Good time in jail? A 33% reduction

Most have heard of “good time” off for keeping out of trouble in jail, but do you know how much off people normally get? For the majority of jail sentences, the inmate will get one-third off in good time. That means that when you read in the paper that a person received a sentence of 20 months, in reality, that person may only be doing about 14 months or so. This is true on essentially all misdemeanor offenses and on a good portion of felony offenses. Some felonies, like murder, get less than a third off for good time (10-15% depending on what charge the person was convicted of). And then there are felony enhancements, like the firearm enhancement, where a person does straight time (no good time) on the enhancement portion of the sentence (which can be 5 years). Pretty much all misdemeanor sentences are eligible for work release in King County. And even on felonies, the Department of Corrections (DOC) often kicks the prisoner out for the last six months of the sentence to serve that portion of his or her sentence as work release. So, a felon looking at 20 months on a felony DUI will actually only serve 8 months in jail, then serve 6 months on work release (for a total sentence of 14 months, with the good time off). And a portion of that 8 months of jail may include electronic home detention that the person served pre-trial, prior to sentencing. This is not nearly as bad as the 20 month sentence that you may see quoted in the paper.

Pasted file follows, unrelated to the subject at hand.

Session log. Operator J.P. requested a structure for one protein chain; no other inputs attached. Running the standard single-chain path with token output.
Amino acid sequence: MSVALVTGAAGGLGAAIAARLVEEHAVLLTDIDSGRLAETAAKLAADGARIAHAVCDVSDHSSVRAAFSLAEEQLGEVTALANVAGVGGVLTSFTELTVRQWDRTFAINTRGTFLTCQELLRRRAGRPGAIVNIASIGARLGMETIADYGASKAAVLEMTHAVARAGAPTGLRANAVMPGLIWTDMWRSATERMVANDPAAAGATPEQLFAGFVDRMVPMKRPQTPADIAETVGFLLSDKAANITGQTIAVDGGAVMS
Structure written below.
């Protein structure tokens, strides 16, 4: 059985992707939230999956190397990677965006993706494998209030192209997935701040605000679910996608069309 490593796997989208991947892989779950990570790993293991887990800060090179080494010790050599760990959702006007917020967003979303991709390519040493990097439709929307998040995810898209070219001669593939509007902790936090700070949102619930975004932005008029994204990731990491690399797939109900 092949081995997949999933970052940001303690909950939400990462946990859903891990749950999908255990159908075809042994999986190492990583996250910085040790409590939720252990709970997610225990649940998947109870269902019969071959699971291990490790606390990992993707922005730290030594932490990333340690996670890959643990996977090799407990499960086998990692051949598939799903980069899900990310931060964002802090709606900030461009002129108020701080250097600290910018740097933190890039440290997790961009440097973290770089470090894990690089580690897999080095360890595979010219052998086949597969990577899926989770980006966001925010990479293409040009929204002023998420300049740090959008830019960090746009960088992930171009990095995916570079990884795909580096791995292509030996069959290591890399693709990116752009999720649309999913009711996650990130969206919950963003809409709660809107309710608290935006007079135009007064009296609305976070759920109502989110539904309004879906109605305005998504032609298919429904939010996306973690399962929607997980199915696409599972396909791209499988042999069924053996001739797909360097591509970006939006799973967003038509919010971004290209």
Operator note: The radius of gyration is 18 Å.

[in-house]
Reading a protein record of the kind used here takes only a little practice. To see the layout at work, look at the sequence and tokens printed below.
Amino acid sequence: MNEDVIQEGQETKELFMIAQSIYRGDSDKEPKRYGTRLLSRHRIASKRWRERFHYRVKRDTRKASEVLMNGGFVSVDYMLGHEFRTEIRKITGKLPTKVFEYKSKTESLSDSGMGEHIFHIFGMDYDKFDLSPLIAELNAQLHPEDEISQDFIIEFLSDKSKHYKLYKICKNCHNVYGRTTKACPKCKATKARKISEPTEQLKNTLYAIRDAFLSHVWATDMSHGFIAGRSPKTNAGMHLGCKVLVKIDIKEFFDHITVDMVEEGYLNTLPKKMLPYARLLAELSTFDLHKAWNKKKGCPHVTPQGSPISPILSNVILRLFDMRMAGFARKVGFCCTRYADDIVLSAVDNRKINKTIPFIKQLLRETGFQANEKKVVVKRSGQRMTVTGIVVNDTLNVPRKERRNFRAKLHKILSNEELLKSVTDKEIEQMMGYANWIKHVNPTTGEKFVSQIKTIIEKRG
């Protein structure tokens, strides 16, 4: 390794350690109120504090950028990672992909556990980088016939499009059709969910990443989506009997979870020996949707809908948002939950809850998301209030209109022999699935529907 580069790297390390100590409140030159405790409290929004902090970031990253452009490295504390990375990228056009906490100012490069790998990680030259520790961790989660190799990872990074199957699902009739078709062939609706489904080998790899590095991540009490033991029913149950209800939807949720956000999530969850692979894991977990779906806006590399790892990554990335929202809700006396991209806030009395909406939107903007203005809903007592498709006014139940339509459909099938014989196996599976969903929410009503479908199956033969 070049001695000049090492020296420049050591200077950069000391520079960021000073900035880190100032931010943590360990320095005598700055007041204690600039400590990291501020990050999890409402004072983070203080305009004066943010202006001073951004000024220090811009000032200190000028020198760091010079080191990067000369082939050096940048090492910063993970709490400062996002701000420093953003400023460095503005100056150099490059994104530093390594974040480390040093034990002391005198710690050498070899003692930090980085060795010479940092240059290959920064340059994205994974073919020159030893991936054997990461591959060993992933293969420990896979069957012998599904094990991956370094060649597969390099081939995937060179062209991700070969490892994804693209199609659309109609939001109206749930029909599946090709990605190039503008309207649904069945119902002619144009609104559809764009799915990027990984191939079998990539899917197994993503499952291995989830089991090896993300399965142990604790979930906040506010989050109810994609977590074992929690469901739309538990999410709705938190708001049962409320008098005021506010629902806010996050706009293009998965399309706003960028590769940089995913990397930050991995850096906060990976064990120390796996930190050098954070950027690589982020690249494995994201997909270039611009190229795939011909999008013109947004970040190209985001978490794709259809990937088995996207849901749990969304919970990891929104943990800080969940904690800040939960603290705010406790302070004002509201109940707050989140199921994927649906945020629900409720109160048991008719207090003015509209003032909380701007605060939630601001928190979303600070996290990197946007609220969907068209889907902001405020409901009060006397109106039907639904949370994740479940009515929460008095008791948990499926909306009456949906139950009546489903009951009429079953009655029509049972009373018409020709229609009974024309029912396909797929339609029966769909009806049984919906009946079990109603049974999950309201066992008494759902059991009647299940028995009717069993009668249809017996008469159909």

RCW 9.94A.729, the good time statute, leaves it up to the county jail to determine the good time amount. Jails are constantly looking for creative ways to get people out of jail in order to save money, so most jails set the good time amount as high as possible. Another quirk in the system is the good time off only kicks in after a specific minimum number of days (set by each individual jail). This number can vary from jail to jail but 5 is a typical number. So, for instance, on a sentence of 4 days, a person actually serves 4 days. But for a sentence of 6 days, the person actually serves 4 days (because of the one third off for good time). Figuring out how much good time a person is likely to receive is easy enough for misdemeanor sentences, and for felonies that do not involve prison time. But for a person heading to the DOC, the calculation can become much more complicated. So contact an attorney to find out how much good time should be given on a particular sentence.

Good time is great. It provides an incentive for inmates to behave. Work release programs are great as well, as they pass the cost of incarceration from the tax payers, to the person serving the sentence (because the inmate has to pay for it). Further, that person actually leaves incarceration employed. I’ll talk more about work release in future blog posts. Stay tuned!